6 Healthy Treats to Make After Apple Picking — Fall Fest
Whether you prefer sweet Fujis or tart Granny Smiths, here are five healthy ways to use up your freshly picked apples this fall.
Ready your wicker baskets: It’s apple-picking season. If you’re planning a trip to your local orchard, you’re probably already dreaming about the wonderfully sweet, tart and spicy treats you can make once you get your apples home. Maybe they’re destined for a good old-fashioned apple pie — or maybe you’ll bake them whole with a medley of comforting fall spices.
Of course, the butter and brown sugar used in most apple dishes are just as desirable as the fruit itself. But even if you’re using the new season as an opportunity to get back into good eating habits, you don’t have to miss out on this fun autumn pastime. With a few simple modifications, you can make your favorite apple dishes a light treat rather than a once-in-a-while indulgence. From sweet Macouns to tart Granny Smiths, here are six healthy ways to use up your freshly picked apples this fall.
Flat Apple Pie with Perfect Pie Crust (pictured at top)
Deep-dish apple pie is certainly delicious, but it can be a bit cumbersome to eat. Ree Drummond makes a flat apple pie with a crisp, firm crust that’s perfect if you’re looking to grab a slice on the go. By simply reducing the amount of crust involved, you’ll also reduce the number of calories.
Alex Guarnaschelli bakes cored Granny Smith apples in a buttery, spicy glaze that more than makes up for the total absence of pie crust. She suggests eating these baked apples with rum raisin ice cream, because she loves the flavor combination, but vanilla ice cream or lemon sorbet would be delicious, too.
Take Melissa d’Arabian’s dessert empanadas on your next tailgating excursion — or sneak one into your child’s lunchbox for a sweet surprise. Depending on how much time you have, you can fill the tender cream cheese crust with either store-bought or homemade applesauce.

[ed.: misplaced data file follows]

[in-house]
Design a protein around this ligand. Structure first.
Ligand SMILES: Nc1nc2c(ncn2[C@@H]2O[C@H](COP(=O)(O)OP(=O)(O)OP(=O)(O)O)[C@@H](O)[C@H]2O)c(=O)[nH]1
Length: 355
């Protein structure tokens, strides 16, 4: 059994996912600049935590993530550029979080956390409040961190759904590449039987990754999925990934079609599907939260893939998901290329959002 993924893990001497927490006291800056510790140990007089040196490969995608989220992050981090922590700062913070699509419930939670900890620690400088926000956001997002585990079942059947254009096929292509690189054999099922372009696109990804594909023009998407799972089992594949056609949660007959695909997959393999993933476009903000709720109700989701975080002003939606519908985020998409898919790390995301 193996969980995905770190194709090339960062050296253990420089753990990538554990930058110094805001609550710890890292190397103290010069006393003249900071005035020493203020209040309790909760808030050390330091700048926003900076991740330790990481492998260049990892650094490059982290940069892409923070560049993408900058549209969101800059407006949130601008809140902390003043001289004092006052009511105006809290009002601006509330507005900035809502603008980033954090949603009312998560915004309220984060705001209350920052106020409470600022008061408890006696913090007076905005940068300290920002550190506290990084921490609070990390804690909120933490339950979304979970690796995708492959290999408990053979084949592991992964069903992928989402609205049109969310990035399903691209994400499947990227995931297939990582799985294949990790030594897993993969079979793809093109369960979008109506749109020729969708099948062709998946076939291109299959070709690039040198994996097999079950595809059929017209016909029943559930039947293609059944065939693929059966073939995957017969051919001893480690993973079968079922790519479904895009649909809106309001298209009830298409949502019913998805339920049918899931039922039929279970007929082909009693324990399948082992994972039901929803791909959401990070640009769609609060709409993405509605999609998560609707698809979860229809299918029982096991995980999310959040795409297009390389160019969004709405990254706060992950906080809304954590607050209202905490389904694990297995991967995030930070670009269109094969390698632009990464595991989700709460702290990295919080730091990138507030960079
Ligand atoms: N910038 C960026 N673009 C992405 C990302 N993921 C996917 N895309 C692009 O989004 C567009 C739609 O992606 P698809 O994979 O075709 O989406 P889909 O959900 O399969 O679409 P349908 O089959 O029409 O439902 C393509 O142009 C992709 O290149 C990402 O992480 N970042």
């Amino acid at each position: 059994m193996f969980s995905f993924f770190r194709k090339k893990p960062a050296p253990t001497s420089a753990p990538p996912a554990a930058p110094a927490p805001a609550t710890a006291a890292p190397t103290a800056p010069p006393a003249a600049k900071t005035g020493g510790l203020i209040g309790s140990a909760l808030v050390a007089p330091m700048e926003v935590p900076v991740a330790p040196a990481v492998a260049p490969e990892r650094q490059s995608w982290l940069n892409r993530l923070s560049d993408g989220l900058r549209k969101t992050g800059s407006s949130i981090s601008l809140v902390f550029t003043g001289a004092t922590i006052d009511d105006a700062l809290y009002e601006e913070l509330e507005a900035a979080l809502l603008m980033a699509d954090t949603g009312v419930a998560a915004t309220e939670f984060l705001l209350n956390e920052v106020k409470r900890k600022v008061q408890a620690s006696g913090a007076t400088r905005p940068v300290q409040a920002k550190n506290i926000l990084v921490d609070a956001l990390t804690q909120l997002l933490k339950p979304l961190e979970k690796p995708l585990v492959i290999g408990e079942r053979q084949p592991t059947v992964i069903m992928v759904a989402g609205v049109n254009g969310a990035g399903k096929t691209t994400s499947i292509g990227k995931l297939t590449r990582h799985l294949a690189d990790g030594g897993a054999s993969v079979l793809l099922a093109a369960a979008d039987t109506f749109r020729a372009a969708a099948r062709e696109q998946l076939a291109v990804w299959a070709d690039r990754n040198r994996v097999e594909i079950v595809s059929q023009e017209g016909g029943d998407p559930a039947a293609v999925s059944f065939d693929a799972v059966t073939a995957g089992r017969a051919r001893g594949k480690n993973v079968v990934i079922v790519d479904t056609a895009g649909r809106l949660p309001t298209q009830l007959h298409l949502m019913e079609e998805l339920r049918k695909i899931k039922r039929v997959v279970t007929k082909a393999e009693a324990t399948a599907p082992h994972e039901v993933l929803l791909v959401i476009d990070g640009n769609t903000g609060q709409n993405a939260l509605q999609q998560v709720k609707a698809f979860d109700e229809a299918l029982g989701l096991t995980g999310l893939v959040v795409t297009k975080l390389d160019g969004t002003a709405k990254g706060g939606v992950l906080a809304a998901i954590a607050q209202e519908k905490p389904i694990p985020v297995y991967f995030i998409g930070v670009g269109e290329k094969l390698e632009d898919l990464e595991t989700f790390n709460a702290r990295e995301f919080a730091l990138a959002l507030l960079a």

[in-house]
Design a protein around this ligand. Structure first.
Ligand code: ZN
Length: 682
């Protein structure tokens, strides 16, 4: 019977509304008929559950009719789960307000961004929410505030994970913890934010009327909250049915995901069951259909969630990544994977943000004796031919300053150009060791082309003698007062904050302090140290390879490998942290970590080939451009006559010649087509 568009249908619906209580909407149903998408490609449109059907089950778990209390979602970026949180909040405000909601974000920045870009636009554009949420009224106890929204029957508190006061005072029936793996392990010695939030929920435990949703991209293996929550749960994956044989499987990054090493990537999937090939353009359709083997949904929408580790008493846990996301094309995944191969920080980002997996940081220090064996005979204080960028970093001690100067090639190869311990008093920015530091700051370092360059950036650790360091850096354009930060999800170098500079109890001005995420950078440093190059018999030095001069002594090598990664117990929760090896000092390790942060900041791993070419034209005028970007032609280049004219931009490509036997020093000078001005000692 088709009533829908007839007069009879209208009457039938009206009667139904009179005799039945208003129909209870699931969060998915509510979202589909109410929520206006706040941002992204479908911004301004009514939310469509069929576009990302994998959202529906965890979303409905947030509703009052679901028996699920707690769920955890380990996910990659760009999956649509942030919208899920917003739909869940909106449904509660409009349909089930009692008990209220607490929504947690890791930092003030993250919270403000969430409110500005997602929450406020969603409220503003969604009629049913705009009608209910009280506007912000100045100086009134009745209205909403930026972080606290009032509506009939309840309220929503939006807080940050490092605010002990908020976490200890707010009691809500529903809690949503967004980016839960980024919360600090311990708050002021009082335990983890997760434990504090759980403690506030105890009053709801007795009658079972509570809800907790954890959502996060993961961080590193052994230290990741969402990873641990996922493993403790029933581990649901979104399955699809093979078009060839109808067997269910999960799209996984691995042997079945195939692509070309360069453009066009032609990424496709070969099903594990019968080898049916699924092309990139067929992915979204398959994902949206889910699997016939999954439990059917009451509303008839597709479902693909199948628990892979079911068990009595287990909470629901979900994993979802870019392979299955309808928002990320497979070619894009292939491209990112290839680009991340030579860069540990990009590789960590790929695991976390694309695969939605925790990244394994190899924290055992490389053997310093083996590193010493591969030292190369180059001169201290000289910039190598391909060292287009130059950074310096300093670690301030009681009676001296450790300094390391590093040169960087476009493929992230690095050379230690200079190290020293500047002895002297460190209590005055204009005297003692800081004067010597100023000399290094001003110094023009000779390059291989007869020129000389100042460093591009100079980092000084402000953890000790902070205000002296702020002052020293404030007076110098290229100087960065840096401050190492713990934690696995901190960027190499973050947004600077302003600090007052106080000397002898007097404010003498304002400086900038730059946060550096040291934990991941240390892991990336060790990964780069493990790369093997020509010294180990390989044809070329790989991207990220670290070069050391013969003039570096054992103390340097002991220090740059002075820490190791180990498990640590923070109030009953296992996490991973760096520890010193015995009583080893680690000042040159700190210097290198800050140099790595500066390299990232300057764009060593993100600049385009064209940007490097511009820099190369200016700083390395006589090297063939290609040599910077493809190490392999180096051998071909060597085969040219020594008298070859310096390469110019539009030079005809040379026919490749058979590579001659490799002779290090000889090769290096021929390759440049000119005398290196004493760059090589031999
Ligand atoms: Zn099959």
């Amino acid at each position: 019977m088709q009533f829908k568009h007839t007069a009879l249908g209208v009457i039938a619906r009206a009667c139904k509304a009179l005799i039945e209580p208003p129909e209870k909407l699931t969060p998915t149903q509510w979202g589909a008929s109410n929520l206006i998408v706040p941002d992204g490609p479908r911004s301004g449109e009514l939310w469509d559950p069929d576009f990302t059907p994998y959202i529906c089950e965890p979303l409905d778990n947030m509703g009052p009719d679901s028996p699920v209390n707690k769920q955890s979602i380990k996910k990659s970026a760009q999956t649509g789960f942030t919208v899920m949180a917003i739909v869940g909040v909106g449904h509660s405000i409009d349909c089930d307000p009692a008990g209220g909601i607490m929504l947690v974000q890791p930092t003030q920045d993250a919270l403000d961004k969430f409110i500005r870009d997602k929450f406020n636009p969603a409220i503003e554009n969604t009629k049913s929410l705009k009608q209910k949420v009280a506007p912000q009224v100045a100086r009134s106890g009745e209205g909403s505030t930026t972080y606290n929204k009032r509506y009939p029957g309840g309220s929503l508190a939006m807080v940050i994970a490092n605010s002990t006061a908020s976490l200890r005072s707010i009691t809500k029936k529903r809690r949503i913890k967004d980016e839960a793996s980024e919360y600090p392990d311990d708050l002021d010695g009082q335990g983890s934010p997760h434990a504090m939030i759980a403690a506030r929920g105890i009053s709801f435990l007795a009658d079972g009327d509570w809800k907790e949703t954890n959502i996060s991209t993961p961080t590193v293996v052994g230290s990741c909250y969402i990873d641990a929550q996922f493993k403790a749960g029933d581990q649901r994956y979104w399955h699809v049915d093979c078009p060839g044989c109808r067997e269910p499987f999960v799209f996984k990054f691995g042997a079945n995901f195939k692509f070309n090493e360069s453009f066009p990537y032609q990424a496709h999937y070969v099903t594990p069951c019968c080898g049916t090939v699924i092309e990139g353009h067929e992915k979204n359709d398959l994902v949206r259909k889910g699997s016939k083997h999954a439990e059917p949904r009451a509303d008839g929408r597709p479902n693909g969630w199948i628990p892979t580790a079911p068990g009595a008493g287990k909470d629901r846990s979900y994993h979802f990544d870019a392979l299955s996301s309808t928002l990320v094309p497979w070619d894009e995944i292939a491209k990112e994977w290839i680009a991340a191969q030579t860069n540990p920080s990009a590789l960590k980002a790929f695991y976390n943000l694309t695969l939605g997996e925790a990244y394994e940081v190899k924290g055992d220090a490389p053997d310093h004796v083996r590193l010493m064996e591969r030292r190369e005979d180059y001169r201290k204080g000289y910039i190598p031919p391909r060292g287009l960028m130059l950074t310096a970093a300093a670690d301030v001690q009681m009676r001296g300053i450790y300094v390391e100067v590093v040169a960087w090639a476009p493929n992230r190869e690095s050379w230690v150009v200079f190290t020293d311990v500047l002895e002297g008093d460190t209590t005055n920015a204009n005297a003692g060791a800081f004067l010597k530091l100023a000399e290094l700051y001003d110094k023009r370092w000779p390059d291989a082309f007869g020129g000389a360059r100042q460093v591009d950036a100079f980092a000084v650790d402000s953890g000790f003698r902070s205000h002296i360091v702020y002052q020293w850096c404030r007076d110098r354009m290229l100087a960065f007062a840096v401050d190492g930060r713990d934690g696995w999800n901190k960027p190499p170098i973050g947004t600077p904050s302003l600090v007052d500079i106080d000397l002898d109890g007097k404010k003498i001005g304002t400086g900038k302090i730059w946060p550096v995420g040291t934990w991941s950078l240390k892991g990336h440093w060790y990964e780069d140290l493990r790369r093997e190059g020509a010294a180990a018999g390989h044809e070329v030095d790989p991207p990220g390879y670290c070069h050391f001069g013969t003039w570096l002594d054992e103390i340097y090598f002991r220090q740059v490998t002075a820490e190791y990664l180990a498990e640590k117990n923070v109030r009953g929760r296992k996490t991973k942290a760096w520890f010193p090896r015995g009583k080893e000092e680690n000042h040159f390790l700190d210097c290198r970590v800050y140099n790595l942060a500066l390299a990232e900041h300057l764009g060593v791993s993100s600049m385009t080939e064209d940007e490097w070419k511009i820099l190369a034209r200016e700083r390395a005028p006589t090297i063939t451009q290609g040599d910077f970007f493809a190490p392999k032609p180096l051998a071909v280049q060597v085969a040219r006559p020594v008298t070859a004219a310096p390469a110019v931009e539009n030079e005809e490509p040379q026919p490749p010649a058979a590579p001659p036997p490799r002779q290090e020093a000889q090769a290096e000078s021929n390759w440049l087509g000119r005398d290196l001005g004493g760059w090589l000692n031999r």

Speaking of applesauce, Ina Garten’s homemade version is out of this world and so worth the 20 minutes of prep work. She uses cinnamon, allspice and freshly squeezed orange juice to enhance the flavor for very few extra calories.
Replacing butter with applesauce in these sweet and fragrant muffins doesn’t just make them more nutritious — it also makes them moist and deepens their apple flavor. Enjoy them for dessert, or as a sweet on-the-go breakfast.
Many orchards bottle and sell fresh apple cider using their own harvest. If you come away from your apple-picking adventure with a few bottles, try mulling the cider into this classic fall party drink. Bobby Flay uses a combination of allspice, cinnamon and cloves to create the signature blend of comforting fall flavors. While nutritionists are quick to point out that hard cider isn't exactly "health food," it's still a nutritional step up from spiked eggnog and other cream-laden fall and winter drinks.